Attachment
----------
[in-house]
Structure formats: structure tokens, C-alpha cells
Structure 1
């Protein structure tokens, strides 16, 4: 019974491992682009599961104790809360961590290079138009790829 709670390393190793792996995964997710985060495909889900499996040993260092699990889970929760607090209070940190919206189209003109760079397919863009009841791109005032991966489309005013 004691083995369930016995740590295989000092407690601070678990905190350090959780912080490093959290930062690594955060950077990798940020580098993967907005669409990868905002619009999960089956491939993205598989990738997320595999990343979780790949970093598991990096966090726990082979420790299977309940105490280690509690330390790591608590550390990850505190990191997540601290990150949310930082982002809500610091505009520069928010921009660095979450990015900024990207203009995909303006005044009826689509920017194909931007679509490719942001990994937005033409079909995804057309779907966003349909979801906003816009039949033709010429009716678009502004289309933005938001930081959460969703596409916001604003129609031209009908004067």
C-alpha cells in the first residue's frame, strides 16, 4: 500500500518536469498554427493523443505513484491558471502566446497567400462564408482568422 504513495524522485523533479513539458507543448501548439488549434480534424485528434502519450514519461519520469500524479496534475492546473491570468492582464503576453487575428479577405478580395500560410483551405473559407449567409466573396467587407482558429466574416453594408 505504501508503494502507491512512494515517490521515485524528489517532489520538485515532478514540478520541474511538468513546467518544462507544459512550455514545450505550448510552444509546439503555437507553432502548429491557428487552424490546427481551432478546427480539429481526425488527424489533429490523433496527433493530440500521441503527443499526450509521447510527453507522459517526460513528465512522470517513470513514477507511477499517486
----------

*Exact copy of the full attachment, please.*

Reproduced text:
[in-house]
Structure formats: structure tokens, C-alpha cells
Structure 1
């Protein structure tokens, strides 16, 4: 019974491992682009599961104790809360961590290079138009790829 709670390393190793792996995964997710985060495909889900499996040993260092699990889970929760607090209070940190919206189209003109760079397919863009009841791109005032991966489309005013 004691083995369930016995740590295989000092407690601070678990905190350090959780912080490093959290930062690594955060950077990798940020580098993967907005669409990868905002619009999960089956491939993205598989990738997320595999990343979780790949970093598991990096966090726990082979420790299977309940105490280690509690330390790591608590550390990850505190990191997540601290990150949310930082982002809500610091505009520069928010921009660095979450990015900024990207203009995909303006005044009826689509920017194909931007679509490719942001990994937005033409079909995804057309779907966003349909979801906003816009039949033709010429009716678009502004289309933005938001930081959460969703596409916001604003129609031209009908004067």
C-alpha cells in the first residue's frame, strides 16, 4: 500500500518536469498554427493523443505513484491558471502566446497567400462564408482568422 504513495524522485523533479513539458507543448501548439488549434480534424485528434502519450514519461519520469500524479496534475492546473491570468492582464503576453487575428479577405478580395500560410483551405473559407449567409466573396467587407482558429466574416453594408 505504501508503494502507491512512494515517490521515485524528489517532489520538485515532478514540478520541474511538468513546467518544462507544459512550455514545450505550448510552444509546439503555437507553432502548429491557428487552424490546427481551432478546427480539429481526425488527424489533429490523433496527433493530440500521441503527443499526450509521447510527453507522459517526460513528465512522470517513470513514477507511477499517486